What are the main symptoms of endometriosis?
Severe menstrual cramps, abnormal or heavy flow and pain during sexual intercourse are the most common symptoms of endometriosis. Some women can have sickness or diarrhoea, and in some cases, constipation is another symptom of endometriosis.
The condition is caused by tissue growing in areas of the body such as the ovaries and fallopian tubes. This tissue is shed each month in addition to shedding the lining of the womb which happens as part of the menstrual cycle. Endometriosis can also occur in other places such as the outside of the uterus, in the pelvic cavity and in the bladder.
Some women who suffer from endometriosis are severely affected by the symptoms and it impacts their life in a major way. As well as the physical effects, people can suffer from depression as a result of endometriosis.
When to see a GP
Some treatments can help to relieve the symptoms of endometriosis so if you are suffering from the symptoms to the extent that it is largely impacting your life, you should see your GP.
Your GP will ask you some questions about your symptoms and may inspect your tummy or refer you to a gynaecologist for tests. The tests will usually involve an ultrasound scan or a laparoscopy, which involves inserting a tiny tube through a cut in your stomach to look for endometriosis tissue.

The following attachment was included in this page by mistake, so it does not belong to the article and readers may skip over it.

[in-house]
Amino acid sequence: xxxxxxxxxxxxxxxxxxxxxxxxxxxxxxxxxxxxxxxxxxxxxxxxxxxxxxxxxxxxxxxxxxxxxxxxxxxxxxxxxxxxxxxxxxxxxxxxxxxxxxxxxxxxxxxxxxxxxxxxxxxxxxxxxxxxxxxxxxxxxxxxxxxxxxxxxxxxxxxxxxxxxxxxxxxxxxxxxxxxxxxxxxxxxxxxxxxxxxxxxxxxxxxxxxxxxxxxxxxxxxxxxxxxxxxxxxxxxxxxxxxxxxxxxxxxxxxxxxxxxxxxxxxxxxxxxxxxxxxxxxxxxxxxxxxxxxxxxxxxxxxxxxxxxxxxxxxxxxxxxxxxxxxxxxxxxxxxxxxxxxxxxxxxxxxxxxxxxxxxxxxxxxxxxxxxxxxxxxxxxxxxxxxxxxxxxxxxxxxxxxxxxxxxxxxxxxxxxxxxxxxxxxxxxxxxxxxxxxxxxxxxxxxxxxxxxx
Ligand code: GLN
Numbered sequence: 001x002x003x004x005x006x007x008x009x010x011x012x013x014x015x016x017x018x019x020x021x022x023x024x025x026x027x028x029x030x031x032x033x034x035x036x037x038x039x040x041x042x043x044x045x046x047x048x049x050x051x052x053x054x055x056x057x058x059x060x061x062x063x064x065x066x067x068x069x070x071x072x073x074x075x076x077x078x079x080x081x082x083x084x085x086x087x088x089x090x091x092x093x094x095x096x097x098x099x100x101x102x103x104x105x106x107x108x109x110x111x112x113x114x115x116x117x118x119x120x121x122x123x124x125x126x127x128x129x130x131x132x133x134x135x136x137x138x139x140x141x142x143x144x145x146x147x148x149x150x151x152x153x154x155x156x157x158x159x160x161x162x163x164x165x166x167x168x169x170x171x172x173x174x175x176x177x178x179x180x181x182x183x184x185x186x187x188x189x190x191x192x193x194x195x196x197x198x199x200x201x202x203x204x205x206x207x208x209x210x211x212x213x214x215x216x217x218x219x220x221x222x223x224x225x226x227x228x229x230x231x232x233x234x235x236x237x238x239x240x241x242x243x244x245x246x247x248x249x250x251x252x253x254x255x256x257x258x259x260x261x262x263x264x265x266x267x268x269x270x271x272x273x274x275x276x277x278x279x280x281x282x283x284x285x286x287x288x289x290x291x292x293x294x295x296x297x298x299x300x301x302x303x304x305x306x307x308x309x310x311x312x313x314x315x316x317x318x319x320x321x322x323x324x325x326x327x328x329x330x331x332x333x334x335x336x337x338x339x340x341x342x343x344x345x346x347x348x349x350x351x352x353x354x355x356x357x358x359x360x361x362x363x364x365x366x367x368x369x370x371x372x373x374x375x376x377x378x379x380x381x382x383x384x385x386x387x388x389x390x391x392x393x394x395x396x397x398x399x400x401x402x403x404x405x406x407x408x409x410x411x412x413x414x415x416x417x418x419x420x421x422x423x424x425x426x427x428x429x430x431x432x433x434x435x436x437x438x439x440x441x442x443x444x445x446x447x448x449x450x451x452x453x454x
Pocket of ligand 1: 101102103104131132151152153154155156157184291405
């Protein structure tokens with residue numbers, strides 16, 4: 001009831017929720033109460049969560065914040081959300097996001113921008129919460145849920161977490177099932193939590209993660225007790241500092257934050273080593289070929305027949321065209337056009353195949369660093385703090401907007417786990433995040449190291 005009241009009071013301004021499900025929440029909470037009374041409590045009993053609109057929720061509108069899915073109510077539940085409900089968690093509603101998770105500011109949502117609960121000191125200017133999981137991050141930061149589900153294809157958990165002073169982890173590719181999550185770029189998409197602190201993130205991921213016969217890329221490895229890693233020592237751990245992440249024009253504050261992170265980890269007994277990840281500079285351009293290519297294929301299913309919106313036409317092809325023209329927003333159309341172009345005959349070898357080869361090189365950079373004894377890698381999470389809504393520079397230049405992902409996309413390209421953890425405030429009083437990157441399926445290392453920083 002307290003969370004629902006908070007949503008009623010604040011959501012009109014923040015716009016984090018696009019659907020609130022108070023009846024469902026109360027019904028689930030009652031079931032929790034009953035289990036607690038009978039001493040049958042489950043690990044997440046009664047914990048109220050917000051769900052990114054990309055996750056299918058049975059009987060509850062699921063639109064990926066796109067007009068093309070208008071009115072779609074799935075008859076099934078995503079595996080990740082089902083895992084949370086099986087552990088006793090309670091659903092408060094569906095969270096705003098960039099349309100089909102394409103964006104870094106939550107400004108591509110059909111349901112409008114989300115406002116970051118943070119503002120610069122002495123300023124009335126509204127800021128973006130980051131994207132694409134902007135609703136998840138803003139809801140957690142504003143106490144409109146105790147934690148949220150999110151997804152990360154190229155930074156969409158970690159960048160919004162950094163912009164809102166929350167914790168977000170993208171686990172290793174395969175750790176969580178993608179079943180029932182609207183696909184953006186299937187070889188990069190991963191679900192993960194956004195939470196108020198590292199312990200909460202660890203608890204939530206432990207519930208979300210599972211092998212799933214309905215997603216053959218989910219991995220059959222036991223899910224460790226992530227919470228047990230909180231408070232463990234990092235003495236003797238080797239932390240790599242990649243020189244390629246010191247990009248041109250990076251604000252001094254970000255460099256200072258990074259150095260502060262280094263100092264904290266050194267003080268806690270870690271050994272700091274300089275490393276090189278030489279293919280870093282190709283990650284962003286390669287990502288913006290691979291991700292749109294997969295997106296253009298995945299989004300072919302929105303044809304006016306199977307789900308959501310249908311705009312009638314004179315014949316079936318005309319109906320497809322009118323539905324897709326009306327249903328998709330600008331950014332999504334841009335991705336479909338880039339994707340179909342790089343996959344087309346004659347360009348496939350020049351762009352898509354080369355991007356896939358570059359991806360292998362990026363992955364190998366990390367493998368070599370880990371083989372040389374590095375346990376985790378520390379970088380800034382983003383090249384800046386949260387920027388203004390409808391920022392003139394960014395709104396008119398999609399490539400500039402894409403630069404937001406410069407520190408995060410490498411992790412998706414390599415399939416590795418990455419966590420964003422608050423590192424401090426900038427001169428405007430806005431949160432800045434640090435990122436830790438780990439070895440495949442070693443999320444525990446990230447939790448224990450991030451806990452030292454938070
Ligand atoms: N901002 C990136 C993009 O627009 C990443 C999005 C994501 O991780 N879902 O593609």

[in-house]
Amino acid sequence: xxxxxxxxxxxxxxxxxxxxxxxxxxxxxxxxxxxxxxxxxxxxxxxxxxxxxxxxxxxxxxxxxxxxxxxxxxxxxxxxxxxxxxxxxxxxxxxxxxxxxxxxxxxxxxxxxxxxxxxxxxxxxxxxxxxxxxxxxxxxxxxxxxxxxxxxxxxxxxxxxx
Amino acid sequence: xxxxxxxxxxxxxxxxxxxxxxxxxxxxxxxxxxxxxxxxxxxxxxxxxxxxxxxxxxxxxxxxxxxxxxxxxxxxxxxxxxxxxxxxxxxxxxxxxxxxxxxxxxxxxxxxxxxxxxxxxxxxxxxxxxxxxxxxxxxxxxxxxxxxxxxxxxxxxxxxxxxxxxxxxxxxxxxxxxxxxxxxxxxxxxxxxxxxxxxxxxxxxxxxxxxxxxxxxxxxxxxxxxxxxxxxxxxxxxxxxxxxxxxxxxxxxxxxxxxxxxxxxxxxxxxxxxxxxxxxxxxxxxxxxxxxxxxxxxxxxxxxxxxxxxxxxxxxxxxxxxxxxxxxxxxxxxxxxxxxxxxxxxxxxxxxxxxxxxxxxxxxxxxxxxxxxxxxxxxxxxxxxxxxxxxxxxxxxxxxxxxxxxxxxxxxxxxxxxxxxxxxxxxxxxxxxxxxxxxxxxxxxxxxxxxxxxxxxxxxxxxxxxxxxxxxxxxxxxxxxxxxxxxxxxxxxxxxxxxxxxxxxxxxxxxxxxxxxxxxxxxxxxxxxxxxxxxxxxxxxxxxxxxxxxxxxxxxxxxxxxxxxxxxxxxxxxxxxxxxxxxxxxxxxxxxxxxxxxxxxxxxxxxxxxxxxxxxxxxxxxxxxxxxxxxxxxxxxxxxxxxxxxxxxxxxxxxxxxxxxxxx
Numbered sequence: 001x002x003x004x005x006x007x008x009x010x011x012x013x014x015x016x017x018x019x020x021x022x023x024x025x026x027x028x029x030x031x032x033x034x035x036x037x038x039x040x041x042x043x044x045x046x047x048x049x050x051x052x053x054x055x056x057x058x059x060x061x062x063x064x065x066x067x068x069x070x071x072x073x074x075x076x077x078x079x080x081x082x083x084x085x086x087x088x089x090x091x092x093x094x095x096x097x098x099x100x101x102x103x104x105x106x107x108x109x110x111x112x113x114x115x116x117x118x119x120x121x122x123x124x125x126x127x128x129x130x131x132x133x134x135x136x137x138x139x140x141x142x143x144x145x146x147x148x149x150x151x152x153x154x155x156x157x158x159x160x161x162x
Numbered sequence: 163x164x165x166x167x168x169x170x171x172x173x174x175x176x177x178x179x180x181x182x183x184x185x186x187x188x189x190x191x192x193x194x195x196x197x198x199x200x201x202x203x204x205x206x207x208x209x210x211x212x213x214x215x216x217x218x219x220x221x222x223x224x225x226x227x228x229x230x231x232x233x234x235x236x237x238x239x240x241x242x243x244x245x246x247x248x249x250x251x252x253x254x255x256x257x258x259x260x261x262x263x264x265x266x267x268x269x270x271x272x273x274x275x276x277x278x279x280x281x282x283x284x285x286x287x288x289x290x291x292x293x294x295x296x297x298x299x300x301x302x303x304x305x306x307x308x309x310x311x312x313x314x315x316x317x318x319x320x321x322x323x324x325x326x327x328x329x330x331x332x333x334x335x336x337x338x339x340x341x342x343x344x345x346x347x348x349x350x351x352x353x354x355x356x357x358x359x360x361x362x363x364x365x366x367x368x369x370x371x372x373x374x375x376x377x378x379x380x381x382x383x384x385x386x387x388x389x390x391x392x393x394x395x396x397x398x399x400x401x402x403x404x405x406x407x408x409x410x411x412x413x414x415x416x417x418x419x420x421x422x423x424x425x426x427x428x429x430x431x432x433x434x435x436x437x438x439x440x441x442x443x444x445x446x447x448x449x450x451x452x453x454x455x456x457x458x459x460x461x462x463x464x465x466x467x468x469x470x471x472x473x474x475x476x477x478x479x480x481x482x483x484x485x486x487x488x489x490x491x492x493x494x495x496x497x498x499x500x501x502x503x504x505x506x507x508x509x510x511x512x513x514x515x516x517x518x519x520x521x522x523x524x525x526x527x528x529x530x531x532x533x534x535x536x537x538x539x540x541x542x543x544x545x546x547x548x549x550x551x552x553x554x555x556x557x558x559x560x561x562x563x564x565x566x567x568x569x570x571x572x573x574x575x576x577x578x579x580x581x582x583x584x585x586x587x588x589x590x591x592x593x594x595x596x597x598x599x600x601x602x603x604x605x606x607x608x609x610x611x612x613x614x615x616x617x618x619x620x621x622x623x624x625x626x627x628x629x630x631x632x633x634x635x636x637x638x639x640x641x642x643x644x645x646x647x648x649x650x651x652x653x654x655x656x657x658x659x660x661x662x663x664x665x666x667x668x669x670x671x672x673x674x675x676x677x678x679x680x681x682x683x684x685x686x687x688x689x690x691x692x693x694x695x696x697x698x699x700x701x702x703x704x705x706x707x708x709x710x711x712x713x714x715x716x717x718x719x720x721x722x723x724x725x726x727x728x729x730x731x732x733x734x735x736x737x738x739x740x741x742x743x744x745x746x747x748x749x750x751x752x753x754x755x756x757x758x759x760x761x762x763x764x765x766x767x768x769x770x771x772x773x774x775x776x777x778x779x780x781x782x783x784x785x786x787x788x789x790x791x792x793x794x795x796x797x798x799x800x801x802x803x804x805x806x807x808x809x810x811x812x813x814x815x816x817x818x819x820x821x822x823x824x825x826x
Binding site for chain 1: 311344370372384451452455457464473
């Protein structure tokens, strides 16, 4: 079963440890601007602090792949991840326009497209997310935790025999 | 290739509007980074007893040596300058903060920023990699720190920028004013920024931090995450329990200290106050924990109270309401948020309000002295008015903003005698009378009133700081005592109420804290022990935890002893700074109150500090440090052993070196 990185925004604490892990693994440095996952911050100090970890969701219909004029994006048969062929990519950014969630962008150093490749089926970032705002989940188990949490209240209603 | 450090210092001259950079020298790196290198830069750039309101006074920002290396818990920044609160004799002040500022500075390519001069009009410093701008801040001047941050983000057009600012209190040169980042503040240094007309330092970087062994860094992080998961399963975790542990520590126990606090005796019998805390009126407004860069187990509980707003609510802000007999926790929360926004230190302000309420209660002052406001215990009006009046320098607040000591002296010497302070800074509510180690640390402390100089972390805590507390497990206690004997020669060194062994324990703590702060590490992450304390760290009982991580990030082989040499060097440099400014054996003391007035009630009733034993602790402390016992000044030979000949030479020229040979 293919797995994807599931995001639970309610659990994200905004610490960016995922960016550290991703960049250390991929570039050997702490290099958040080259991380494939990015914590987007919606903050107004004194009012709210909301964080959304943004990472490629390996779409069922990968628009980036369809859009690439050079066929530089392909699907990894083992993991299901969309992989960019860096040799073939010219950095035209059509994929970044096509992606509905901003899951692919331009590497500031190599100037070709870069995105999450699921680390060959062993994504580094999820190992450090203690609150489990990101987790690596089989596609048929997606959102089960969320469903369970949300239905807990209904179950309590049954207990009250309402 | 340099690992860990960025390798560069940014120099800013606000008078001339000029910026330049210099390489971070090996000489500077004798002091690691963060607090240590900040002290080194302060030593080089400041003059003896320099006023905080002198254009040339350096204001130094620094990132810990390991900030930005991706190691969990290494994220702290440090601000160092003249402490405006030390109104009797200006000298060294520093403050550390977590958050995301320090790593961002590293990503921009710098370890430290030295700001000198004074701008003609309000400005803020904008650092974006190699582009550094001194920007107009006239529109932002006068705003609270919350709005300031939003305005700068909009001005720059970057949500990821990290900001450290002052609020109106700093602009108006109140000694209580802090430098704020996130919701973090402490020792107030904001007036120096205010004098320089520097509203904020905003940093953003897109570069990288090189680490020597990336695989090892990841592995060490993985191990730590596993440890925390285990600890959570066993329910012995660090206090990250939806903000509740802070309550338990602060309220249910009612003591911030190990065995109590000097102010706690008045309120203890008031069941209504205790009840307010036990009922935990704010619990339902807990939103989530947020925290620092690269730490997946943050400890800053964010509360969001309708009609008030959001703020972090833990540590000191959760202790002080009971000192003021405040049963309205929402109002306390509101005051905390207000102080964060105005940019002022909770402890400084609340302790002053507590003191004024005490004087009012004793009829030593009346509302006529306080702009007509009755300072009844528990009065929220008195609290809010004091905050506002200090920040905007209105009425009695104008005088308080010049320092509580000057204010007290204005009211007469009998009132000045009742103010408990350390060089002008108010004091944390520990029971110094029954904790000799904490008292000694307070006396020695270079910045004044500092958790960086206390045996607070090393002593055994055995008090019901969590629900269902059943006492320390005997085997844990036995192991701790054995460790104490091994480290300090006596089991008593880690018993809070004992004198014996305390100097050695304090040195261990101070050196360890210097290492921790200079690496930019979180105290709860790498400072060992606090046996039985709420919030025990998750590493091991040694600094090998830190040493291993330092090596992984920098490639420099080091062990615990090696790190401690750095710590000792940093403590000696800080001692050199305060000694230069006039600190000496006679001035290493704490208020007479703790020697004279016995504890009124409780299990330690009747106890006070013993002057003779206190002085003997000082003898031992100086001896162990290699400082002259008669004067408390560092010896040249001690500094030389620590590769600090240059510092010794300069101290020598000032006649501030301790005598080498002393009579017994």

Your GP or gynaecologist may suggest taking hormone medicines or contraceptives, or in some cases, surgery to remove endometriosis tissue could be effective in reducing symptoms. Surgery is often recommended for women who are trying to get pregnant as this can improve the chances of pregnancy.
For many women, endometriosis is genetic and runs in families, so if your mother, sister or grandmother suffered from it, there is a high possibility that the pains you feel are down to the same condition. Studies show it is more common in women who are giving birth after the age of 30 as well.
Living with endometriosis can be much more comfortable once you have a diagnosis and you can rule out other potential causes behind the symptoms. If your life is being affected by debilitating cramps and heavy periods, or you suffer from depression during your menstrual cycle, then seeing a GP could help you to live a more comfortable life.
Anyone who is either struggling to become pregnant or who has some of these typical symptoms and is hoping to start a family at some point should also get checked as early as possible, to help to improve the chances of becoming pregnant in the future.
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Please Note: We at Imaara do not have a medical background. If you are concerned by anything you have read in this article, then please contact your local GP for medical advice.